The only lessons I learned from my own mistakes were the wrong ones. If I drank too much one night and got sick,
I’d blame that I didn’t eat enough beforehand or that I mixed two kinds of alcohol. If I got into a fight, it was because I was at the wrong bar. If I fell asleep on the train and ended up several counties away from where I wanted to go, I swore that the next time, I’d stand up the whole way. The idea that I shouldn’t drink that much never occurred as the proper solution. Normal people got sick off a type of liquor and never drank it again; I’d merely mix it with something different.
Here’s to Irony, one of my Higher Powers, that in some way I’m now one of those guys I never listened to. Instead of getting high to see Ted Nugent, I was watching The Melvins. Change the names of a few things, but the story is overall the same. If I went back to my old church and told them stories, I’m sure I’d have the same effect on them as the old druggies had on me.
I’ve known a lot of artists who thought that doing the drugs of their heroes would help them attain the talent of said heroes. It’s a common fallacy that somehow perpetuates in the art world. Whether it’s Jimi Hendrix and acid, Bukowski and booze, or William S. Burroughs and heroin, it’s fairly common for young artists to experiment this way.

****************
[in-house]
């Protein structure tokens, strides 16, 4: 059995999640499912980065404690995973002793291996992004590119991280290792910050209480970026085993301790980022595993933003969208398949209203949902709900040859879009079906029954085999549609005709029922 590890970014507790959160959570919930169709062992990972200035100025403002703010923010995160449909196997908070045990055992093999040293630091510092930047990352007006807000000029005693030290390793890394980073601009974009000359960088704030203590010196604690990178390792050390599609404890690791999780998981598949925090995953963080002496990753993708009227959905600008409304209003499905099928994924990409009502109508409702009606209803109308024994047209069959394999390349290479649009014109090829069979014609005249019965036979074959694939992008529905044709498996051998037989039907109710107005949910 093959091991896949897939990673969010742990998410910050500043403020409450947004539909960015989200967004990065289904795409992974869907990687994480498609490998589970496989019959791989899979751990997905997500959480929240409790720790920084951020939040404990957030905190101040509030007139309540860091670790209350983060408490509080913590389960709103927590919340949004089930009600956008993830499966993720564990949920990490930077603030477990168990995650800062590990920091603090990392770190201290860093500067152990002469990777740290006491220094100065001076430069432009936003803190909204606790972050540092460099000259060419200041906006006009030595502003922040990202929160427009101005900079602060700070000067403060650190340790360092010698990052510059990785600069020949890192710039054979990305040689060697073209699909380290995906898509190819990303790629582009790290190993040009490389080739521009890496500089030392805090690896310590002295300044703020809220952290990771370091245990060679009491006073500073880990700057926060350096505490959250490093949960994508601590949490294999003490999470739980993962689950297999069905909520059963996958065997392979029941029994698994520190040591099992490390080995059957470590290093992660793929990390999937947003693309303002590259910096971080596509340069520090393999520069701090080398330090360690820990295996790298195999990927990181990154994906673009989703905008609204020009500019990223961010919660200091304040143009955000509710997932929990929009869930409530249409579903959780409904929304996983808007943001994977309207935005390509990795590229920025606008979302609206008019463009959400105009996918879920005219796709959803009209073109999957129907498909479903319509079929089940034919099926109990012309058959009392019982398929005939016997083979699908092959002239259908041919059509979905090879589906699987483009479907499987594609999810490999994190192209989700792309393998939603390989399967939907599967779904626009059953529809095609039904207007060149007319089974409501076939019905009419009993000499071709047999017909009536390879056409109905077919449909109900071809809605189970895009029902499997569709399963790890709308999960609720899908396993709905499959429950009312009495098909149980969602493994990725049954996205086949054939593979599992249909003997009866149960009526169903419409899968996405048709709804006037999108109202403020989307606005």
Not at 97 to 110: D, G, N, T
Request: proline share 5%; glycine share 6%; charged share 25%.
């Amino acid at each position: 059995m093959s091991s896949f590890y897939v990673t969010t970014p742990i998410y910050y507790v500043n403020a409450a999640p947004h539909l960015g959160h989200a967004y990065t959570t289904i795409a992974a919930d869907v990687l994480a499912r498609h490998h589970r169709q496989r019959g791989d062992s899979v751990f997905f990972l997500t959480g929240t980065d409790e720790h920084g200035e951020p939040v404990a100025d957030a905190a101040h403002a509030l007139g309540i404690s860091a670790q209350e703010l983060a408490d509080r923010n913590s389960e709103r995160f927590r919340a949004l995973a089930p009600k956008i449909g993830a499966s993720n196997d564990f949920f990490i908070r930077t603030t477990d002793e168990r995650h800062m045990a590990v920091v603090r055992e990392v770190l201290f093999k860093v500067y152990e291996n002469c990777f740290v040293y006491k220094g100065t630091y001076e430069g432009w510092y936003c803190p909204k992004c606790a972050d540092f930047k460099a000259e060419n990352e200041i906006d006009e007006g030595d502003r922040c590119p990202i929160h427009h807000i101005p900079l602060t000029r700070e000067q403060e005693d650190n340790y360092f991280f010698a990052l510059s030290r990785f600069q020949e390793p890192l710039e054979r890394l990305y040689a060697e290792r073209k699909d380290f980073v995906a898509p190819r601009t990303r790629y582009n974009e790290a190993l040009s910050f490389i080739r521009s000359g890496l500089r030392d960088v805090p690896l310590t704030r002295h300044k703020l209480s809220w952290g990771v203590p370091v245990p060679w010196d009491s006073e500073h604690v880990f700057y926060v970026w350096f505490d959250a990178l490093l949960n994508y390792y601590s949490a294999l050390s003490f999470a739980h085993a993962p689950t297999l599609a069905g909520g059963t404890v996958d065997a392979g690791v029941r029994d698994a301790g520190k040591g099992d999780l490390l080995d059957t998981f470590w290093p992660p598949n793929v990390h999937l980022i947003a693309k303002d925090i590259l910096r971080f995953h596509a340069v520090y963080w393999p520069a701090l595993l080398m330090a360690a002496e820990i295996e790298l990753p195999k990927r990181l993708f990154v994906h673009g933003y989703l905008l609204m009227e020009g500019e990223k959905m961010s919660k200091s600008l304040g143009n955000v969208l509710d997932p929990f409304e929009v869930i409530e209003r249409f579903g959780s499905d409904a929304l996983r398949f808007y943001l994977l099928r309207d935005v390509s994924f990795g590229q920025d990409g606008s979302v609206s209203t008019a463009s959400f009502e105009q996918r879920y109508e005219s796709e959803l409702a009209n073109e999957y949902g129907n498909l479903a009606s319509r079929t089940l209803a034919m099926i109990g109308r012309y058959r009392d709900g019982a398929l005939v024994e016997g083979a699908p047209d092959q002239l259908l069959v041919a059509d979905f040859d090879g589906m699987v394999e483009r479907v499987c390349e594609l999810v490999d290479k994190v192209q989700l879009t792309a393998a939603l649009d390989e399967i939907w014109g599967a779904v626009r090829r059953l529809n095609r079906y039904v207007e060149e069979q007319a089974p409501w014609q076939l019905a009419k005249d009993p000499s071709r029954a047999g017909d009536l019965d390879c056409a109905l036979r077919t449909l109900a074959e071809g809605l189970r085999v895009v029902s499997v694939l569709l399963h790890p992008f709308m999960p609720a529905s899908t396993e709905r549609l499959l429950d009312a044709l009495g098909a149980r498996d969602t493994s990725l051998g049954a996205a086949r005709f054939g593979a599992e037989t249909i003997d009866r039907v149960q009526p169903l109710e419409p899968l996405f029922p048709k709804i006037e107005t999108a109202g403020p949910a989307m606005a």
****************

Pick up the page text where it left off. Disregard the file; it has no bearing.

My Life in the Art Scene
When I was eighteen, I found the world of spoken word poetry. It was 1987. I thought it was fun, and liked to participate in it when I could. The next year I read a Charles Bukowski poem for the first time and decided immediately to pursue a career in poetry.
I dropped all other artistic aspirations from my life. I was taking classes for visual arts and had been planning on entering film school at some point. I easily stopped trying to sing for a punk band, which wasn’t hard since none of the band members wanted me anyway. All that remained was poetry.
The more subculture writing I read, the more I found drugs and alcohol. Since I was drinking on a regular basis and doing cocaine, acid, and mushrooms whenever opportunity arose, this made perfect sense to me. I was going to be the next William S. Burroughs, Philip K. Dick, Hunter S. Thompson, or Charles Bukowski. It made perfect sense to me to devote the majority of my free time to writing and getting wasted.